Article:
I got us into this mess; I’ll get us out”, so said Prime Minister Theresa May to her MPs four days after the recent general election. Most of the country would probably agree with the first sentiment; rather fewer would agree with the second. To understand why, let’s backtrack. On becoming Prime Minister, Ms May had said she wouldn’t call a general election. She had a small majority in the House of Commons and could probably have survived the remainder of her term. Then in mid-April she suddenly changed her mind. She wanted a personal mandate. She said she needed a healthy majority to see her through the forthcoming Brexit negotiations. No doubt that figured in her calculations. But also no doubt a Conservative Party opinion poll lead of some 20 points figured at least as highly. She wanted to smash the Labour Party and establish the Conservatives as the natural home of the Brexit-voting working classes. Ms May fought the election on her personal standing: she would be a strong and stable leader, trusted to stand up for the country against the European Union. Jeremy Corbyn, the Labour leader, would be weak and chaotic.
Having made leadership qualities central to the campaign, Ms May then proceeded to demonstrate conclusively that she lacked them. She parroted party slogans; she refused to take part in televised debates with other party leaders; she failed to answer questions put to her in TV interviews; and she shied away from meeting electors. Instead she favoured stage-managed meetings with Conservative Party supporters, who put pre-determined questions to which she gave rehearsed answers. Unsurprisingly, Ms May came across as unimaginative, unconvincing and robotic. Her campaign was an embarrassment for all concerned: her, her party and the electorate. Mr Corbyn, on the other hand, far exceeded all expectations. He showed himself to be in touch with the people’s concerns. He toured the country energetically, evidently relished meeting voters and debated personally all comers. But above all, he enthused the young. And it showed. Far from turning her small majority into a comfortable one, Ms May succeeded in losing it entirely. The Labour Party, far from being smashed, is resurgent. Its share of the vote increased by 10 points and it is now fewer than three points behind the Conservatives. The Labour Party also seems to have become the repository of the hopes of the remainers, those who voted in last year’s referendum to remain in the EU.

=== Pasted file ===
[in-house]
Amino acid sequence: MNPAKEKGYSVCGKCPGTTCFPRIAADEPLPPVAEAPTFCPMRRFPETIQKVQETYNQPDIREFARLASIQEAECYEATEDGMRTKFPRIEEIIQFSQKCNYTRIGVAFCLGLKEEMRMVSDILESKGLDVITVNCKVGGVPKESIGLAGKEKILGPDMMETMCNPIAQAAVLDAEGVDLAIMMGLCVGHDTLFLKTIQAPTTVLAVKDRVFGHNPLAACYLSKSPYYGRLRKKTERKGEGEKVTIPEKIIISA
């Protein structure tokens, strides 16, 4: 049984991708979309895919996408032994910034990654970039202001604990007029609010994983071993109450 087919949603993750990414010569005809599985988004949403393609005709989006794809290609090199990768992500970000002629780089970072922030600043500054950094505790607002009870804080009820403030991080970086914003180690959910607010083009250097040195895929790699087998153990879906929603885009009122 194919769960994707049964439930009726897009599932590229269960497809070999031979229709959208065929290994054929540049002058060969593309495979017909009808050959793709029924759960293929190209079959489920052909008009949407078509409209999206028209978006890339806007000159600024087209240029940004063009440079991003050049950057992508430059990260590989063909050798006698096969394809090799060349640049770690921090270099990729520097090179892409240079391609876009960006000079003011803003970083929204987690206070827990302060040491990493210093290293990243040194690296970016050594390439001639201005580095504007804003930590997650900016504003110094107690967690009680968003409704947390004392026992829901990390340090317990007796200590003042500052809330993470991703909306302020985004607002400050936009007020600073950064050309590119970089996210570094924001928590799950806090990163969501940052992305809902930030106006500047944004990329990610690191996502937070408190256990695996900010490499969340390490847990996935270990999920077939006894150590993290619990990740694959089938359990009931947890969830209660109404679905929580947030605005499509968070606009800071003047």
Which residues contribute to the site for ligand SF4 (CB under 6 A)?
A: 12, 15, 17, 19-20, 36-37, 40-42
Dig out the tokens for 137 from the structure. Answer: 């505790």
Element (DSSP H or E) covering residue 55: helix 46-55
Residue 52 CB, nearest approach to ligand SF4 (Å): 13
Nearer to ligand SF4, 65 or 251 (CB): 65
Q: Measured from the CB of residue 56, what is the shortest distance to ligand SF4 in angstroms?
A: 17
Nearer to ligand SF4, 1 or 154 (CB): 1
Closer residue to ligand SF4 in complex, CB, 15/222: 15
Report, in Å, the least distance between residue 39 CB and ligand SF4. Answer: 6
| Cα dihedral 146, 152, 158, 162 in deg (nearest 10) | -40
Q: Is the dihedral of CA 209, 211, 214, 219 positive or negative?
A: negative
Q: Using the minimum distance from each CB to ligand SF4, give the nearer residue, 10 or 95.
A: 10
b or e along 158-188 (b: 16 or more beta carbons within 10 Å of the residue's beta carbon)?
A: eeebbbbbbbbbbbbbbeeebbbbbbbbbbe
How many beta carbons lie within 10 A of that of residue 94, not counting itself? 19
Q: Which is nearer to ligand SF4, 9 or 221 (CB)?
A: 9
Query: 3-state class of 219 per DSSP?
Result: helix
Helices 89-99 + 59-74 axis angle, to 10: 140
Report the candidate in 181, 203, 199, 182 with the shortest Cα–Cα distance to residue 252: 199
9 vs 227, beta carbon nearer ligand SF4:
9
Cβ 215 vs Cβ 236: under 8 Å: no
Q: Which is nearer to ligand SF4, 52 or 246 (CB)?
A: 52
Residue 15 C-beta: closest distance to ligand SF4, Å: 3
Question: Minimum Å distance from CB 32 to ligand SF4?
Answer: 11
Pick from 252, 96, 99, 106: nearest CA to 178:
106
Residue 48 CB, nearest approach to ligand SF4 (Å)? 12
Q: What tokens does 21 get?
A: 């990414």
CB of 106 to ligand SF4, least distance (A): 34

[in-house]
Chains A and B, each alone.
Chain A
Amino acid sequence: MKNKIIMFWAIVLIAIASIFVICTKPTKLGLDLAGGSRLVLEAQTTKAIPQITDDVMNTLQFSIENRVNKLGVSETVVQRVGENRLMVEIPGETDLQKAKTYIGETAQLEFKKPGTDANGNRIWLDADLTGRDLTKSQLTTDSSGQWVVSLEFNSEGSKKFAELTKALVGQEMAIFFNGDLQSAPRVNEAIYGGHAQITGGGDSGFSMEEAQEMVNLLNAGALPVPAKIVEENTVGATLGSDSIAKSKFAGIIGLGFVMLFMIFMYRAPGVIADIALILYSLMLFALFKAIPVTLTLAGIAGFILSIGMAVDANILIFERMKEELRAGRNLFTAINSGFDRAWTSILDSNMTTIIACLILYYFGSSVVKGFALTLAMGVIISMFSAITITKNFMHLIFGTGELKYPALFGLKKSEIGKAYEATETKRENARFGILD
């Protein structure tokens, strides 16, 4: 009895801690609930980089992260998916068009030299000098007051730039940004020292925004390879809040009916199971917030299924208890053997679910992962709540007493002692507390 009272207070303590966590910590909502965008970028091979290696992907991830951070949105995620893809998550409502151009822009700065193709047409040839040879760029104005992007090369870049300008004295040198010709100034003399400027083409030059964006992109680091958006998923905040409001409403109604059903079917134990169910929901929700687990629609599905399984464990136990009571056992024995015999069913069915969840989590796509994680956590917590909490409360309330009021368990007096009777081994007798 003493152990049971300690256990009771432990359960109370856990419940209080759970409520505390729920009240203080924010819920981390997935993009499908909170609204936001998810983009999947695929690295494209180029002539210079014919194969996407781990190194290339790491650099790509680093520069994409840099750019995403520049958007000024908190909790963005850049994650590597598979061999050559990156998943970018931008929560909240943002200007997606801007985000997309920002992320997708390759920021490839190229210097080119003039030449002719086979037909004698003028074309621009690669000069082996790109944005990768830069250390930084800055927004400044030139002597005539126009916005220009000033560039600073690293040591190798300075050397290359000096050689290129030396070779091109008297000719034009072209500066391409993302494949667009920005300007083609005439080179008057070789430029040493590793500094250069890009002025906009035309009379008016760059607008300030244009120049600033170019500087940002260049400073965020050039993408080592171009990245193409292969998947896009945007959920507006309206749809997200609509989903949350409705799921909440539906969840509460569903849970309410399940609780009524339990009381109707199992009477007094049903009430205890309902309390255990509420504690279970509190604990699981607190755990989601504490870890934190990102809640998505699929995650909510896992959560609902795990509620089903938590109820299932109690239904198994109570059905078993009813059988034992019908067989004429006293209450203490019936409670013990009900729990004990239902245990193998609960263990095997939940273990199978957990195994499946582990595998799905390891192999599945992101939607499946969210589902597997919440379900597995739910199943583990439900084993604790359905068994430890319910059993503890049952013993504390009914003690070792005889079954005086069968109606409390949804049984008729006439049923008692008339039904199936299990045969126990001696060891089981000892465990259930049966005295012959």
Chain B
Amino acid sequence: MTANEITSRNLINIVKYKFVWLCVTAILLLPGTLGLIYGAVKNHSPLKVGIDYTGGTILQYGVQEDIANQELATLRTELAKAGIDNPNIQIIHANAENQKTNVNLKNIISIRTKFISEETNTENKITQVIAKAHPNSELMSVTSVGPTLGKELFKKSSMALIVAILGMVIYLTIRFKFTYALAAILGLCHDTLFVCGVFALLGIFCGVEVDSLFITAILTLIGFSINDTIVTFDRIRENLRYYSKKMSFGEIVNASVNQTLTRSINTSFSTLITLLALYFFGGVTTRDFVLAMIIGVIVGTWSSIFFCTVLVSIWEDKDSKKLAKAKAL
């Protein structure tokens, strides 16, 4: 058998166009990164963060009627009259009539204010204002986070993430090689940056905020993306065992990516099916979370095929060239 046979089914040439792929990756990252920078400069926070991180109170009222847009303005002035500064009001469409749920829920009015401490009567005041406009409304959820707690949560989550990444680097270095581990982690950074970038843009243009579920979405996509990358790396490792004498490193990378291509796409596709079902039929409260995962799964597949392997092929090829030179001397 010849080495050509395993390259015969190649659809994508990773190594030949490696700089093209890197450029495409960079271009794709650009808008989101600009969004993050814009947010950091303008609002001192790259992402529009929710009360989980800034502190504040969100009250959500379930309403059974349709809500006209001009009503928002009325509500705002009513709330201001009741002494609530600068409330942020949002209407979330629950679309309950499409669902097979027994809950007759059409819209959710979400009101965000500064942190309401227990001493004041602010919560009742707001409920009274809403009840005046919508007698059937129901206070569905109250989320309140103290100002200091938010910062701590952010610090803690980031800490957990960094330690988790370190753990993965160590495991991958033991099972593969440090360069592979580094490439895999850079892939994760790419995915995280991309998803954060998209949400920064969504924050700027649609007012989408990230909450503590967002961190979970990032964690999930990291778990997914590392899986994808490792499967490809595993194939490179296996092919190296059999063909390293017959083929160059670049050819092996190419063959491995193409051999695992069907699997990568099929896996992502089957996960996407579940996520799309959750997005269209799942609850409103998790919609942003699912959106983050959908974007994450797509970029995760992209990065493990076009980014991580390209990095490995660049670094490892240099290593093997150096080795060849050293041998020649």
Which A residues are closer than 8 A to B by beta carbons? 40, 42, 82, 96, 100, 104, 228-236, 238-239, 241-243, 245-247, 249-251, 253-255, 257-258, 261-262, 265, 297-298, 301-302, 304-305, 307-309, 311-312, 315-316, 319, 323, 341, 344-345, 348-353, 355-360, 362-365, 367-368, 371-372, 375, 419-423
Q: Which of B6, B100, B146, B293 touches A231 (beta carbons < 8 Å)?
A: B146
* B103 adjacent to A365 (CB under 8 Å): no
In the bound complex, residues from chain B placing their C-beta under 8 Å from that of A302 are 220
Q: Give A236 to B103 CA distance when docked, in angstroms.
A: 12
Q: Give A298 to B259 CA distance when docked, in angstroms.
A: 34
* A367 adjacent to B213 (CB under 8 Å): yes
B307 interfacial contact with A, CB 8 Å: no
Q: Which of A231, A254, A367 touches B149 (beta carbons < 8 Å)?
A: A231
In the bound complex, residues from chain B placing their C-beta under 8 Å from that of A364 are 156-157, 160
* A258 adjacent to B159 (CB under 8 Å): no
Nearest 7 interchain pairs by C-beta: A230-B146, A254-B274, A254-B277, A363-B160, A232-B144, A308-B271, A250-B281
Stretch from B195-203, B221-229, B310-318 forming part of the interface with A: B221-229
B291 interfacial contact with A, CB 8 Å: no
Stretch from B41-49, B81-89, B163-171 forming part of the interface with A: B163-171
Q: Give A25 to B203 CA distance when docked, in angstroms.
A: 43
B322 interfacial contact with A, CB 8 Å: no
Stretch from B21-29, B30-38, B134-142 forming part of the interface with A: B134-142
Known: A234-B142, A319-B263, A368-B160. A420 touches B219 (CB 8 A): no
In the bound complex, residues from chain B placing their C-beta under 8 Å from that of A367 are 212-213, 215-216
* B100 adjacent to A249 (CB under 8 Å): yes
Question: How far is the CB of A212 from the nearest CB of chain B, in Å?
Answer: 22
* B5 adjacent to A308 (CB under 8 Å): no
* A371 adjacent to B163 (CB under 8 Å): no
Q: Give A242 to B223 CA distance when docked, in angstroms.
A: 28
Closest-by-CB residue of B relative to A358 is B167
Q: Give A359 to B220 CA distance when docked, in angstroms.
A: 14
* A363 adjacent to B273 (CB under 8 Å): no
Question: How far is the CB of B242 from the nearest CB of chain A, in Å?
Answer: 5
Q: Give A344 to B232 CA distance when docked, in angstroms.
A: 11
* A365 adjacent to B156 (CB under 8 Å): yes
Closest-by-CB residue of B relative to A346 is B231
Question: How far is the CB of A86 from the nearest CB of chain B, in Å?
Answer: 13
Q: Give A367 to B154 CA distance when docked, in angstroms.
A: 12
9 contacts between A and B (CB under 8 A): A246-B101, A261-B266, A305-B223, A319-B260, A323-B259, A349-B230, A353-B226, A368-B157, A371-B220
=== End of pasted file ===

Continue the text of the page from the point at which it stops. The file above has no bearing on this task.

The higher the remain vote in a constituency, the better the Labour Party did. Interestingly though, in seats where the majority had voted to leave, Labour largely managed to maintain is vote. But this is just the start of Ms May’s difficulties. Once the results were in, Ms May’s first move was to approach the Democratic Unionist Party (DUP) to forge a pact. Numerically that may work. A pact with the DUP would create a bloc in the House of Commons with an effective overall majority of five seats. On every other level, however, it does not.